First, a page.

"What does sci-fi mean to you?"
I was asking Sean Murray, the managing director and founder of Hello Games, this question. He's one of a small team of developers working on the game that had everyone buzzing at E3 this year.
"That's a really good question," Murray said to me during an interview in a hotel a few blocks from the convention center. "Everyone just thinks sci-fi is future. Sci-fi is just alternate to me. It's just our version of the universe, an interesting universe, and I think one that's hopefully quite surprising and interesting to explore rather than our universe, which would be reasonably boring."
As he walked around the brightly-colored planet they had showed off in a trailer at Sony's press conference, he touched a button that highlighted a transparent geometric pattern over areas of the ground that could be mined for resources. Resources can be used to improve your suit, he later explained to me.
That's the only sense of "leveling" you'll find in No Man's Sky. You can improve your character through your suit, your weapon, and by buying new ships. You can't customize your ship. You buy newer, better ones. "It's not leveling up and there's not a tree it's just that when you go to a space station there will be some ships docked there sometimes," Murray explained. "If there are, you can try to buy those ships. You're not trying to customize those ships. It's just there's this hopefully real, working universe and you'd travel as you'd expect."
If you asked the people paying attention what No Man's Sky is you might hear a few common phrases: space battles, exploration, colorful, great music (that one might be from me specifically). The biggest talking point, though, is obvious: procedural generation. In a gigantic, explorable universe, there are tons of possibilities. Tons of variations of creatures and trees and space ships and caves and everything else that you can see.
In No Man's Sky you play as...someone. We don't know who that person is or what their motivations are or what their backstory says. And we won't find out. At least not until we get our hands on the game, and even then it's up to the player to discover what they can. "There is a lore to the universe and we adhere to that but we're not going to tell you," Murray said. "We're not going to describe it to you. You can read into that whatever you want. We're not going to tell you who you are or why you're there. We have our story."
When you start the game off as this...somebody, you start off with a ship. It can go as far as space but not deep into interstellar travel. To do that, you'll have to invest in bigger and better ships.
I asked Murray how you would go about "leveling up" to get better suits and weapons. "I could do it just by exploring," he said. "I could do it by taking guys out like this [Murray lifts his controller a bit to emphasize that he is flying in space and shooting other ships]. So if I go up to that fleet that was being attacked I could've joined in and attacked one of the freighters and get a little reward for that."
But do you have any friends in this world? Anyone who won't attack you and could even help you?
"We're not telling you, 'Oh this race is good, this race is bad,' or anything like that," Murray said. "You will find that, say, little things like the insignias on their ships, things like that, they're actually consistent. And you can read into that what you will and you will see consistencies in who seems to fight."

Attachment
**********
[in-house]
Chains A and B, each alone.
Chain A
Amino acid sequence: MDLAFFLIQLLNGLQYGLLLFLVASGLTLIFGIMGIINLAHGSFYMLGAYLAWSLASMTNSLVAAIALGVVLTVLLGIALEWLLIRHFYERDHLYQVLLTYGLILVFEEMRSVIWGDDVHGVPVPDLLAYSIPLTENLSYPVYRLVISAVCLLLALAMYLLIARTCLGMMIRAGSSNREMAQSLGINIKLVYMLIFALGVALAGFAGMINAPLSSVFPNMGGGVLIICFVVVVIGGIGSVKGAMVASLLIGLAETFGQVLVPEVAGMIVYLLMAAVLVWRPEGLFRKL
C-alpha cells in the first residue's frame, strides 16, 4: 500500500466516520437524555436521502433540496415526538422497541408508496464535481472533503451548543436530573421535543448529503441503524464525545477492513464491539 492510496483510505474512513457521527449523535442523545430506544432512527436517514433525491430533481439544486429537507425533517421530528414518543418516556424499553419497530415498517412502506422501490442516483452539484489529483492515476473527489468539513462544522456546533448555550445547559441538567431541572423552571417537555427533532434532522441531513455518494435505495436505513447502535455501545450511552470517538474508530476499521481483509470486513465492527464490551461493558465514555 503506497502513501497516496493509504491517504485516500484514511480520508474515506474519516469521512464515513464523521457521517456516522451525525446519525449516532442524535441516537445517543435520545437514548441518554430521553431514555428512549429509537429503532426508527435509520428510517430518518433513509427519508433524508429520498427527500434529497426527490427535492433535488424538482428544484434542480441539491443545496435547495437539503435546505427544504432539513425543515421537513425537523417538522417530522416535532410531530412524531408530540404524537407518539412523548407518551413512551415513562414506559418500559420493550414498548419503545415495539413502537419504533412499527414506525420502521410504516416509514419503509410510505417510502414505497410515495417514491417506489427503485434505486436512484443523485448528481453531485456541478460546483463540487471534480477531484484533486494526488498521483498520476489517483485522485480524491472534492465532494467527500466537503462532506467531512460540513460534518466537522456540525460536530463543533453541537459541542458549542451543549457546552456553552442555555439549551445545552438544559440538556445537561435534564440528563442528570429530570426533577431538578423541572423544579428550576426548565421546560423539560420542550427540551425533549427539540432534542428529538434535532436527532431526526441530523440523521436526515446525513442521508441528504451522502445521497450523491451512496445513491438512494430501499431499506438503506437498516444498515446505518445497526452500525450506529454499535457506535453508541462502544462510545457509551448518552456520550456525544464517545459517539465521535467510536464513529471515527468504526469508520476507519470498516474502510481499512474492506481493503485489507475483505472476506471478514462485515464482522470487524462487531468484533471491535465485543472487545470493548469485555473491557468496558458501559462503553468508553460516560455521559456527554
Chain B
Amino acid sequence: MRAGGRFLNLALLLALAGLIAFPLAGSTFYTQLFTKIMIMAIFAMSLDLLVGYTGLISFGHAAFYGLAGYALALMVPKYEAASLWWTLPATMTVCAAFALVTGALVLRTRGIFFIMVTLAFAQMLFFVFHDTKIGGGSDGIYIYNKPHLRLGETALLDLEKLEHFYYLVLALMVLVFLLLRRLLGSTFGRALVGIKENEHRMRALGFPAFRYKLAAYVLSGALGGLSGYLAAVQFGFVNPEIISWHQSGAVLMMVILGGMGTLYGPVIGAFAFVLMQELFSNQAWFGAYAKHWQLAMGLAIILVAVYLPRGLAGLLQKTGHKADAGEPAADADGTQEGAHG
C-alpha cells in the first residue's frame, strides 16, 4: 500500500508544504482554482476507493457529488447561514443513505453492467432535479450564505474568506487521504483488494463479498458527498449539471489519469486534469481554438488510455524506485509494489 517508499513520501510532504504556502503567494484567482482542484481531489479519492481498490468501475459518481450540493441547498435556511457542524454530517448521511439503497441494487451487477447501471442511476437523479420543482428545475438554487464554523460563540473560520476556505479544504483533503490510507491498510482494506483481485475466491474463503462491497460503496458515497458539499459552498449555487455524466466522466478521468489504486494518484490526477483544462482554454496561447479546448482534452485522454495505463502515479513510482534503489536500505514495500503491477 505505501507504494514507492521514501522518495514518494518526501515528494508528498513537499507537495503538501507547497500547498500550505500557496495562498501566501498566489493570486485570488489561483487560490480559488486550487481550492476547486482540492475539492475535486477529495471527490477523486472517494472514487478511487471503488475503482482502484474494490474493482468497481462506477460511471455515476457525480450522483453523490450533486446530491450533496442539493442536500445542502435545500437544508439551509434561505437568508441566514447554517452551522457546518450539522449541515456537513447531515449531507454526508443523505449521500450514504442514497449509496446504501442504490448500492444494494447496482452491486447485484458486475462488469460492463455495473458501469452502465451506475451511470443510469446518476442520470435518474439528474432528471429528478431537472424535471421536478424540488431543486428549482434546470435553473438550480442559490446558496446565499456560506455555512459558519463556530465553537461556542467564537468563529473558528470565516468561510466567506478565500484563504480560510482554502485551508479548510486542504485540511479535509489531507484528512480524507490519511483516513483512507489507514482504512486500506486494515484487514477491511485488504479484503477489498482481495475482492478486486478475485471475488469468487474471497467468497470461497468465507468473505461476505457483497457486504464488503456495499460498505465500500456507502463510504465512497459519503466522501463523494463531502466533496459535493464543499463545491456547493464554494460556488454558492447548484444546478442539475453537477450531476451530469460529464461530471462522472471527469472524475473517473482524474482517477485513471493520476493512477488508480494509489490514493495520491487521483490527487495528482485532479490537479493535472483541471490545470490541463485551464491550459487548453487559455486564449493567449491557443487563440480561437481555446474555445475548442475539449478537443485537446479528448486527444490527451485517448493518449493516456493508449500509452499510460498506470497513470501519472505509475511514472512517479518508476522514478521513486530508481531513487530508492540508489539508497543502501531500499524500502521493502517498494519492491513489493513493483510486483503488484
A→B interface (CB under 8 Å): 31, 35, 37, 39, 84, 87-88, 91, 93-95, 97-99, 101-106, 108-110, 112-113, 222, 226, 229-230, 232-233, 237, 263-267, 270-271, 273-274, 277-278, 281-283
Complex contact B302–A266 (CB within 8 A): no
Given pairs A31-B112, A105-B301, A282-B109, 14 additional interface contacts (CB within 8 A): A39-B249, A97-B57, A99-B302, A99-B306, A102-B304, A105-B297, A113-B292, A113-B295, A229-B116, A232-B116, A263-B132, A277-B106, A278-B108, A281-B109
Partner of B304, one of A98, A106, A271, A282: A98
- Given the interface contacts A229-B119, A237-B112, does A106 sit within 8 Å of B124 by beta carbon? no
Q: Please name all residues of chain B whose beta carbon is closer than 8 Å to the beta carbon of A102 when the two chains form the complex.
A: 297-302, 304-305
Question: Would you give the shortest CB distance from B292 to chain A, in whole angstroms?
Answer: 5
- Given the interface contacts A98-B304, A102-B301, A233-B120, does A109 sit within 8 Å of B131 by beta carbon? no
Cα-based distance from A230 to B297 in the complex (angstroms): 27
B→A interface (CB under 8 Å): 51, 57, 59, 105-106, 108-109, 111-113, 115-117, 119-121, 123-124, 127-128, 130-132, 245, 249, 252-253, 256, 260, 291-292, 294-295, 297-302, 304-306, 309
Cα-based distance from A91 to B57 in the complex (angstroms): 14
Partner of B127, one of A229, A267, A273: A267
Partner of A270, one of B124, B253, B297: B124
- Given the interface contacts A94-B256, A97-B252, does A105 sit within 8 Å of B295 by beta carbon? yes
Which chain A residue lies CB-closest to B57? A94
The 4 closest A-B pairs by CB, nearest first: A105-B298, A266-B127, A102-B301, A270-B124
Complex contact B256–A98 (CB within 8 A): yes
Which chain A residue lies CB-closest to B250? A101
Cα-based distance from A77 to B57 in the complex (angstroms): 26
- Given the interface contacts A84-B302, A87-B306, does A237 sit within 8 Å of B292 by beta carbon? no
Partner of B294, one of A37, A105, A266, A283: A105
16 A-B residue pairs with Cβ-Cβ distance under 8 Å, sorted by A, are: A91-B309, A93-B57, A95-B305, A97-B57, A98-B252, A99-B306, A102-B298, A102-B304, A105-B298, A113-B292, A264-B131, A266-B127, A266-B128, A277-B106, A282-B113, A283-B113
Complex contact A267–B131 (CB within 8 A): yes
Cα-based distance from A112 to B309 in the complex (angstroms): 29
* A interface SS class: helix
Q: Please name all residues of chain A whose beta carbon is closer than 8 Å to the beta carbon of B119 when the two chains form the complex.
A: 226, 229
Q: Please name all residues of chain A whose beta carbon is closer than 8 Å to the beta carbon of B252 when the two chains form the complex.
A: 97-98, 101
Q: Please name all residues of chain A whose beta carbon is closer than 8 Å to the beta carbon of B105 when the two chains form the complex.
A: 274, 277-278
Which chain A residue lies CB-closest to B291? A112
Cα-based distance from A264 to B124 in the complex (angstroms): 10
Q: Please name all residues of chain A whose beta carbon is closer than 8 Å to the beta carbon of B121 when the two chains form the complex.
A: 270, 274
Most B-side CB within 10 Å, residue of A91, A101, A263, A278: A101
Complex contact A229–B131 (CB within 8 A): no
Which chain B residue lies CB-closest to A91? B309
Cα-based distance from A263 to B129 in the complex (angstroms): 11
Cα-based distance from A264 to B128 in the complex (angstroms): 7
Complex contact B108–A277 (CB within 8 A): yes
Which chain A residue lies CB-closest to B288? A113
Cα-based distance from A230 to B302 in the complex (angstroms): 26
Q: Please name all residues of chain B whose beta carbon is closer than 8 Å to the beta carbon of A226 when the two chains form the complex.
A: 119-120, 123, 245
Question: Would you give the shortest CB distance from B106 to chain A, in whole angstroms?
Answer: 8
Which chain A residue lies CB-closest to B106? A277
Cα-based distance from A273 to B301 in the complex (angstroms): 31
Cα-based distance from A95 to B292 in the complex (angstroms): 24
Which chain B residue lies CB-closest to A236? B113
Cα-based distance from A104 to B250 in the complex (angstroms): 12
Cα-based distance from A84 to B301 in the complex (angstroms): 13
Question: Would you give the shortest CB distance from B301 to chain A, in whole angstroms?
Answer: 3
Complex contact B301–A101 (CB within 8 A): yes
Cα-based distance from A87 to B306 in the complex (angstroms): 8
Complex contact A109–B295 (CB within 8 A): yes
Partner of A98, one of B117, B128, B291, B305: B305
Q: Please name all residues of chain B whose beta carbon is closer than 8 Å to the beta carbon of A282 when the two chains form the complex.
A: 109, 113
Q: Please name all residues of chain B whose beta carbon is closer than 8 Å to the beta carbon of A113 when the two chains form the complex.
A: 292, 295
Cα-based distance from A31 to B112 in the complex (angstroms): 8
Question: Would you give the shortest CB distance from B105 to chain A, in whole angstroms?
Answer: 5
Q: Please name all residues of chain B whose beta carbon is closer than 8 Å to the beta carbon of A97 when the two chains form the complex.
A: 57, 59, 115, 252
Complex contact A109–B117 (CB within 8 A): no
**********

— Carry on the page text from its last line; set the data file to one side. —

So far Hello Games has only shown space combat in their trailers. But there's a lot more to the game, and even to the combat, than just that. I asked Murray about this, and about what kind of genre mash-up he thinks best explains his game.
"People ask 'What is the gameplay like?' Well, we showed space battle and that's all that Star Citizen has. We've got a lot more than that, but that in itself is a lot of gameplay. We're showing a whole genre of game there," Murray said. "You could go around exploring and that could be a genre of game and you could play the game that way. We haven't shown other things like our resources or combat on the ground. But there will be that. We also showed fighting over the terrain, and that is like another genre like Star Fox. Just for us, though, it's just a whole bunch of systems that are working together."
In the big, expansive universe that Hello Games promises is full of infinite variety, you can choose to explore. To scare off animals, or to kill them. You'll have weapons that you can use to shoot people and animals on the planets. There are space fleets and interstellar travel. But what about other players?
Murray: "We're not trying to make an MMO and we're not trying to make a traditional multiplayer because it just doesn't suit that."
"There are opportunities to interact with other players, but we're not trying to make an MMO and we're not trying to make a traditional multiplayer because it just doesn't suit that," Murray said. "You and I, when we play, we will be light years apart and we have no control over that—where we start off. We can try to fly to the same place and if we do we'll see the same things and we can make certain drops and do interactions between each other. But we're not all flying to one planet and then having a run around together. What I would be after is something Journey-esque. You know that you were playing with other people, but you're not saying, "Hey! Join me in Journey for a quick game!"
We still don't know too much about No Man's Sky, but I think that's partially the point. There's a story and a protagonist and there's even a gun, but that's not what Sean Murray or Hello Games wants you to think about when you see or hear about No Man's Sky. And when the buzz out of E3 is all about how No Man's Sky seems so full of possibilities, so full of colors and freedom to play and explore, it seems like that method is working.